Lexie Still: Elementary Education

Lexie Still: Elementary Education

For senior Lexie Still, leaving campus after Spring Break not only meant leaving Wake Forest, but it also meant saying goodbye to her Kindergarteners at Sherwood Forest Elementary. 

As an Elementary Education major, Still and her peers spent the first semester of their senior years in a Forsyth County classroom, teaching students. Before that, they spent one day a week at a Title 1 school observing the teacher, interacting with students, taking notes, looking at teaching models and working with the teachers on improvement plans. Then, it’s their turn to take the reins. 

“It’s one of the most challenging semesters but also the most rewarding,” Still said. 

For eight to 10 weeks, the students serve as full time teachers 40 hours a week, while the school teacher observes them and ensures they are teaching them the correct lesson plans. They take classes in the afternoons and nights with the education department, essentially balancing a full time job with being a full time student. Still particularly enjoyed teaching Kindergarten because while she was new to the school, so were her students. 

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“It’s really special because you are getting to be the teacher full time and develop close relationships with them,” Still said. “They really look up to you.” 

Since there are only 11 elementary education majors in her class, Still said she had the opportunity to develop close bonds with her peers. During their senior year, they all only take elementary education courses, so they spend every day together. Still feels lucky to have been close with the rest of her cohort. They take methods courses in all of the subjects children learn in school from science, to social studies, language arts and math. 

Still also noted that the majors have the opportunity to get very close with the professors considering they consistently have the same ones. Still noted her close relationships with professors Pat Cunningham, Colleen Fitzpatrick, Donal Mulcahy and Laura Bilton.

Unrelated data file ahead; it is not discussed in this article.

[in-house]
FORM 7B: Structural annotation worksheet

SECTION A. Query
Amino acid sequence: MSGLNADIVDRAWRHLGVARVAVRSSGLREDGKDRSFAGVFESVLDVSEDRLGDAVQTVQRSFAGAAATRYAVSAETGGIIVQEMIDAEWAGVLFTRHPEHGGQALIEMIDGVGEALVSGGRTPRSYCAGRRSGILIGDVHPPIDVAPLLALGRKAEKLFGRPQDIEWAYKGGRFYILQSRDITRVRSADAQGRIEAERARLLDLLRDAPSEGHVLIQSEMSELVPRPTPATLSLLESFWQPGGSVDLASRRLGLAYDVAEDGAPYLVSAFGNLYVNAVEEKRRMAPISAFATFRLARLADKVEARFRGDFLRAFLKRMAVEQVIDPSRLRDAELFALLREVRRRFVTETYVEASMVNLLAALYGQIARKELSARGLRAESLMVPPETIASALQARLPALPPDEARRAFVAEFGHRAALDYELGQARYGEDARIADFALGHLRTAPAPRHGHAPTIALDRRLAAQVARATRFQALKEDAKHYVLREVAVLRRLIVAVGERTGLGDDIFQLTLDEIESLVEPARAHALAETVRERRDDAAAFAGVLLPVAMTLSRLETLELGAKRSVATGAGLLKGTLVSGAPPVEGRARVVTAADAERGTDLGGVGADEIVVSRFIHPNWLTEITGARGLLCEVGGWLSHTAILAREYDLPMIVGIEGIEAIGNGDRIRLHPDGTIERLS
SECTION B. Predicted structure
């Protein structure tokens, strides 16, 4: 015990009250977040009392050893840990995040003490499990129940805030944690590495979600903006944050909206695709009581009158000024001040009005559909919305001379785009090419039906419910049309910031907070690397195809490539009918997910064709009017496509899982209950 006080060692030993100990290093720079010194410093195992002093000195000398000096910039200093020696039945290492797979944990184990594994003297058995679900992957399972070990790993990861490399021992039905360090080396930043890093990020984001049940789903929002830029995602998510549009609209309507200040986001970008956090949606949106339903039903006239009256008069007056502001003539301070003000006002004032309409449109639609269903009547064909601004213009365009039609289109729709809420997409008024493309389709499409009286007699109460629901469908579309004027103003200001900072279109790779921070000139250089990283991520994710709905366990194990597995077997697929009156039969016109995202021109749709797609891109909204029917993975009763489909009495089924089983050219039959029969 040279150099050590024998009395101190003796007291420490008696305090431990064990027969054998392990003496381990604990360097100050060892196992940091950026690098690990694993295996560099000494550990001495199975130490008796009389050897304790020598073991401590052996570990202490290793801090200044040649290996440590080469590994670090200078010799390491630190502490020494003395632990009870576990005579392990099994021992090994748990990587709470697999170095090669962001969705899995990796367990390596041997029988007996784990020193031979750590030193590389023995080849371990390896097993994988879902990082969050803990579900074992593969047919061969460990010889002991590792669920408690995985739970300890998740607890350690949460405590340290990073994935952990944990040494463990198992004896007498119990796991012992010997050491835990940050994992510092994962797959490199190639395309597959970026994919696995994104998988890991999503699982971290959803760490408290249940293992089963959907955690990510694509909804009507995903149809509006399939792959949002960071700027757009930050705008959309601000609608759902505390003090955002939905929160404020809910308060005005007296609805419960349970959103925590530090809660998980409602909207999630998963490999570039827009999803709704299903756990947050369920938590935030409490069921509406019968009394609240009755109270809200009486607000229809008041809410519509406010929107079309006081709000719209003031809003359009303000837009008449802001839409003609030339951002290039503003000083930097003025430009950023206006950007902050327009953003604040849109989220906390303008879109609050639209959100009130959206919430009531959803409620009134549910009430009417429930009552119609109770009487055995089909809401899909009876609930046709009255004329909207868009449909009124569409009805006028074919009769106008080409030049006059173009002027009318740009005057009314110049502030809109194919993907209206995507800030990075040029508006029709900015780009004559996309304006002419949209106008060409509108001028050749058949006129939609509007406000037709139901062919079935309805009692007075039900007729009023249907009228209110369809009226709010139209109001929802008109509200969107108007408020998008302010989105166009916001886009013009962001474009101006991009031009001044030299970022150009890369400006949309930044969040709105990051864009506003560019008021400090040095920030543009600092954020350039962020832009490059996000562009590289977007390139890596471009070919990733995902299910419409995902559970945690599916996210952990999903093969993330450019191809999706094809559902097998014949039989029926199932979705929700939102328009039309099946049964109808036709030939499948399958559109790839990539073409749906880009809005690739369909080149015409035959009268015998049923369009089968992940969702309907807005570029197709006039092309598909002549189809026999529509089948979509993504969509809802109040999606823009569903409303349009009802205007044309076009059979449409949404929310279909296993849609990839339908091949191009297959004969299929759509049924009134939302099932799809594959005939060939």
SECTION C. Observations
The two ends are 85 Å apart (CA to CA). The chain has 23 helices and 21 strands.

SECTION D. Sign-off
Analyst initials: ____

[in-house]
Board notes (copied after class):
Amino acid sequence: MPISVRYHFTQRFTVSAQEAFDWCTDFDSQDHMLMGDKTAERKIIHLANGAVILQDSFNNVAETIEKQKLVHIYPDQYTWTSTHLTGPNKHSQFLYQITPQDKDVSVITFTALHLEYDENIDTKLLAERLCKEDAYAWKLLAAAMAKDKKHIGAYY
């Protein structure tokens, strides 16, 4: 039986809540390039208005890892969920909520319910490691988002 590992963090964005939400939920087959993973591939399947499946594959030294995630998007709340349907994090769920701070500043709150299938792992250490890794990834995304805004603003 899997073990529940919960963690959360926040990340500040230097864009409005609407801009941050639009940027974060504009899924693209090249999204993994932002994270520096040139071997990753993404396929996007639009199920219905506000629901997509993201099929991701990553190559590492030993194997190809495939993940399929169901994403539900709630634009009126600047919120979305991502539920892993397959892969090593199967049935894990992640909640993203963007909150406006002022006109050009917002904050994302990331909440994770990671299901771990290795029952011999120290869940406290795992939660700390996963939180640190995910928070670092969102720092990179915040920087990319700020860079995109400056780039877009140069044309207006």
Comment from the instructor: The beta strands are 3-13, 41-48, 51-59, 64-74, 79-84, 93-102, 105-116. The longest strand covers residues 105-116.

On her last day of teaching, all the students planned a surprise for her, a memory she will hold on to as she moves on from Wake Forest. 

“I was reading a story at the front of the carpet and the assistant teacher brought me a basket of school supplies because they all wanted to be part of my future classroom,” Still said. “It’s really sad when you leave.”

Apart from the education department, Still shared her disappointment in her senior year being cut short. However, given that she did not study abroad during the school year, she feels she really made the most of her time at the university. 

“Although it’s really sad not to be there I’m really grateful I was able to spend 3.75 semester on campus,” she said. “They always say to soak it up, because you never realize until it’s gone.”

Most prominently, Still misses sitting out on the quad during the springtime with her friends, but knows pictures and memories will carry her through. She has enjoyed her time in Alpha Delta Pi sorority, citing that being in a sorority was one of the biggest game changers for her at Wake Forest. It’s where she found most of her friends, her support system and family on campus. Additionally, her involvement in RUF was a notable part of her college experience. She enjoyed spending time with likeminded people who challenge her. 

As for after graduation, Still plans on teaching in North Carolina, South Carolina or Tennessee, preferably in Kindergarten, first grade or second grade classrooms.

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